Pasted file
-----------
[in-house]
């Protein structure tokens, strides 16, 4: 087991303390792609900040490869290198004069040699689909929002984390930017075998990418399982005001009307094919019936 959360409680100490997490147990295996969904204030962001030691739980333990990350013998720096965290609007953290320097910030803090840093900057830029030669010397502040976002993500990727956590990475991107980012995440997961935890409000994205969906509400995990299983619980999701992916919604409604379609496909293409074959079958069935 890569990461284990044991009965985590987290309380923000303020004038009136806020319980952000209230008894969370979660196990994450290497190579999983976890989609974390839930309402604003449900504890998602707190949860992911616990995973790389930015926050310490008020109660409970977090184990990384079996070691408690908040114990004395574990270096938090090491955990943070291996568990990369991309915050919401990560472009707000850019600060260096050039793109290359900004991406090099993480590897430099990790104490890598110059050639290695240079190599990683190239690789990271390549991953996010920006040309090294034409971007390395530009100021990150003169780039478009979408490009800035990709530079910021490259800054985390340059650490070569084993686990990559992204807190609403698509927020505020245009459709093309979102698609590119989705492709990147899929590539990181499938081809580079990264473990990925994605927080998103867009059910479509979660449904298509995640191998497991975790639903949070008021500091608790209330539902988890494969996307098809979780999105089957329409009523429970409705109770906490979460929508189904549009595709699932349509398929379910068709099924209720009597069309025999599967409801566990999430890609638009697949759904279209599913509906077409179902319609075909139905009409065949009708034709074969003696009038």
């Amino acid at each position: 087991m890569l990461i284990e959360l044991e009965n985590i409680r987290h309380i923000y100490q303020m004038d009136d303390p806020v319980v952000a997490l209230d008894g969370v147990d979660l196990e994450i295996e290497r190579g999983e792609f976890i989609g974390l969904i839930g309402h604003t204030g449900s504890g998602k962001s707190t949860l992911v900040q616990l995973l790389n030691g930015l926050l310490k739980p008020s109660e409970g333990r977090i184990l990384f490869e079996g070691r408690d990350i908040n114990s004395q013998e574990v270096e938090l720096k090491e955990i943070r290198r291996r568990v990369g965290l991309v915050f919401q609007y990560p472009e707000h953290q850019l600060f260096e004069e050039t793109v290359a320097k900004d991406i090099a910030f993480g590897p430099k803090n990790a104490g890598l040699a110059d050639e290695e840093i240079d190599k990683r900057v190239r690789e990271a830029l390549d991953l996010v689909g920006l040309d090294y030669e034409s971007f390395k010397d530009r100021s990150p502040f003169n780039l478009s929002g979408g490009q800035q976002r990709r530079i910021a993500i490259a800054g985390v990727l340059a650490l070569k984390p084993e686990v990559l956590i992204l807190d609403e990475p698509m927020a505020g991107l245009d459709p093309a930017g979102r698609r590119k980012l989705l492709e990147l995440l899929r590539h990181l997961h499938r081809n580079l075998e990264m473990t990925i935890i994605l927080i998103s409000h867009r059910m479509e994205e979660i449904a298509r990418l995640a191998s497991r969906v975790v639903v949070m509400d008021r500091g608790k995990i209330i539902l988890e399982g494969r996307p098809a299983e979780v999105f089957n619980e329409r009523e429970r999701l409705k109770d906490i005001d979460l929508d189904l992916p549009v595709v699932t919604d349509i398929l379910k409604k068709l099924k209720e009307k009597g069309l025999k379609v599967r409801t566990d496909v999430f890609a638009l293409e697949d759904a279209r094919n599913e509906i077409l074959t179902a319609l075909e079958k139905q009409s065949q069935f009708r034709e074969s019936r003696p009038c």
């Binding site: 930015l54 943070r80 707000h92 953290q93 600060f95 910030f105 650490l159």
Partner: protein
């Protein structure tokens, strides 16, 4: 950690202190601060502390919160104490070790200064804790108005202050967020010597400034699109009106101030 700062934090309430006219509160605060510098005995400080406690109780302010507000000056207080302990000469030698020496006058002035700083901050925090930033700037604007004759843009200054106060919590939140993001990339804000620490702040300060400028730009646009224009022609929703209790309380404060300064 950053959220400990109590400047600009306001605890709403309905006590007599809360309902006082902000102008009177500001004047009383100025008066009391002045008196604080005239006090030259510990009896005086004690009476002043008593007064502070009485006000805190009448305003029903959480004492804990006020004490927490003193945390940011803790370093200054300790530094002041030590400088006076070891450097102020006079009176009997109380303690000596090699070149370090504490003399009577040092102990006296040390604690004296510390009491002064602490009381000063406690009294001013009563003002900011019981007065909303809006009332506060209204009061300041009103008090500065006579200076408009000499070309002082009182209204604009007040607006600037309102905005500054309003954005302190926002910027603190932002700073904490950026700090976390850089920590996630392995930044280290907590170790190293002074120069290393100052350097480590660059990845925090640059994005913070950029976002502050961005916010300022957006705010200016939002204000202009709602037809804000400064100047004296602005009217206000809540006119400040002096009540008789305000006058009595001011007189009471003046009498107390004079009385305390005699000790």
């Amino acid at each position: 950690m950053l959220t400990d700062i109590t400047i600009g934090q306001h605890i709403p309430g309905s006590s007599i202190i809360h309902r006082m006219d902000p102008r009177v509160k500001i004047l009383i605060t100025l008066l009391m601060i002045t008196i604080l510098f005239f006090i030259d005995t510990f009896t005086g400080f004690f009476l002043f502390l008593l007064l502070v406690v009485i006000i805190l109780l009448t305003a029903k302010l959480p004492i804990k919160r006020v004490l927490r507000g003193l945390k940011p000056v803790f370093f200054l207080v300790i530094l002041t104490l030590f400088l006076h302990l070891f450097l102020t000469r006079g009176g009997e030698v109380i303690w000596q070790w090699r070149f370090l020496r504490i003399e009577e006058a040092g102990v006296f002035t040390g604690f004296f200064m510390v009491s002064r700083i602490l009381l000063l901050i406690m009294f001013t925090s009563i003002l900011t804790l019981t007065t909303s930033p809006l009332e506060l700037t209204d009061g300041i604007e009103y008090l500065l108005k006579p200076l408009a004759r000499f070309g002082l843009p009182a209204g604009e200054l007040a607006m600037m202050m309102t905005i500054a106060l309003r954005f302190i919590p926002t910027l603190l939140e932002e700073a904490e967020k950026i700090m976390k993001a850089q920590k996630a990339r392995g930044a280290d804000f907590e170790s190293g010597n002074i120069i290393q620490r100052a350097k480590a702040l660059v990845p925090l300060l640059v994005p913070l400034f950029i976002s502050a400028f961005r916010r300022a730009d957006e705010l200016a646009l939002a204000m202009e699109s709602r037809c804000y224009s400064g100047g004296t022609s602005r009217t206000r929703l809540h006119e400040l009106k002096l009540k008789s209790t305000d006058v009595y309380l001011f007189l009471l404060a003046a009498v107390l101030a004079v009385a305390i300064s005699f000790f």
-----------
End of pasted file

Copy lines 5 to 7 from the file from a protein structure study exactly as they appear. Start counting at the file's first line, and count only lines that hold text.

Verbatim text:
Partner: protein
């Protein structure tokens, strides 16, 4: 950690202190601060502390919160104490070790200064804790108005202050967020010597400034699109009106101030 700062934090309430006219509160605060510098005995400080406690109780302010507000000056207080302990000469030698020496006058002035700083901050925090930033700037604007004759843009200054106060919590939140993001990339804000620490702040300060400028730009646009224009022609929703209790309380404060300064 950053959220400990109590400047600009306001605890709403309905006590007599809360309902006082902000102008009177500001004047009383100025008066009391002045008196604080005239006090030259510990009896005086004690009476002043008593007064502070009485006000805190009448305003029903959480004492804990006020004490927490003193945390940011803790370093200054300790530094002041030590400088006076070891450097102020006079009176009997109380303690000596090699070149370090504490003399009577040092102990006296040390604690004296510390009491002064602490009381000063406690009294001013009563003002900011019981007065909303809006009332506060209204009061300041009103008090500065006579200076408009000499070309002082009182209204604009007040607006600037309102905005500054309003954005302190926002910027603190932002700073904490950026700090976390850089920590996630392995930044280290907590170790190293002074120069290393100052350097480590660059990845925090640059994005913070950029976002502050961005916010300022957006705010200016939002204000202009709602037809804000400064100047004296602005009217206000809540006119400040002096009540008789305000006058009595001011007189009471003046009498107390004079009385305390005699000790």
């Amino acid at each position: 950690m950053l959220t400990d700062i109590t400047i600009g934090q306001h605890i709403p309430g309905s006590s007599i202190i809360h309902r006082m006219d902000p102008r009177v509160k500001i004047l009383i605060t100025l008066l009391m601060i002045t008196i604080l510098f005239f006090i030259d005995t510990f009896t005086g400080f004690f009476l002043f502390l008593l007064l502070v406690v009485i006000i805190l109780l009448t305003a029903k302010l959480p004492i804990k919160r006020v004490l927490r507000g003193l945390k940011p000056v803790f370093f200054l207080v300790i530094l002041t104490l030590f400088l006076h302990l070891f450097l102020t000469r006079g009176g009997e030698v109380i303690w000596q070790w090699r070149f370090l020496r504490i003399e009577e006058a040092g102990v006296f002035t040390g604690f004296f200064m510390v009491s002064r700083i602490l009381l000063l901050i406690m009294f001013t925090s009563i003002l900011t804790l019981t007065t909303s930033p809006l009332e506060l700037t209204d009061g300041i604007e009103y008090l500065l108005k006579p200076l408009a004759r000499f070309g002082l843009p009182a209204g604009e200054l007040a607006m600037m202050m309102t905005i500054a106060l309003r954005f302190i919590p926002t910027l603190l939140e932002e700073a904490e967020k950026i700090m976390k993001a850089q920590k996630a990339r392995g930044a280290d804000f907590e170790s190293g010597n002074i120069i290393q620490r100052a350097k480590a702040l660059v990845p925090l300060l640059v994005p913070l400034f950029i976002s502050a400028f961005r916010r300022a730009d957006e705010l200016a646009l939002a204000m202009e699109s709602r037809c804000y224009s400064g100047g004296t022609s602005r009217t206000r929703l809540h006119e400040l009106k002096l009540k008789s209790t305000d006058v009595y309380l001011f007189l009471l404060a003046a009498v107390l101030a004079v009385a305390i300064s005699f000790f």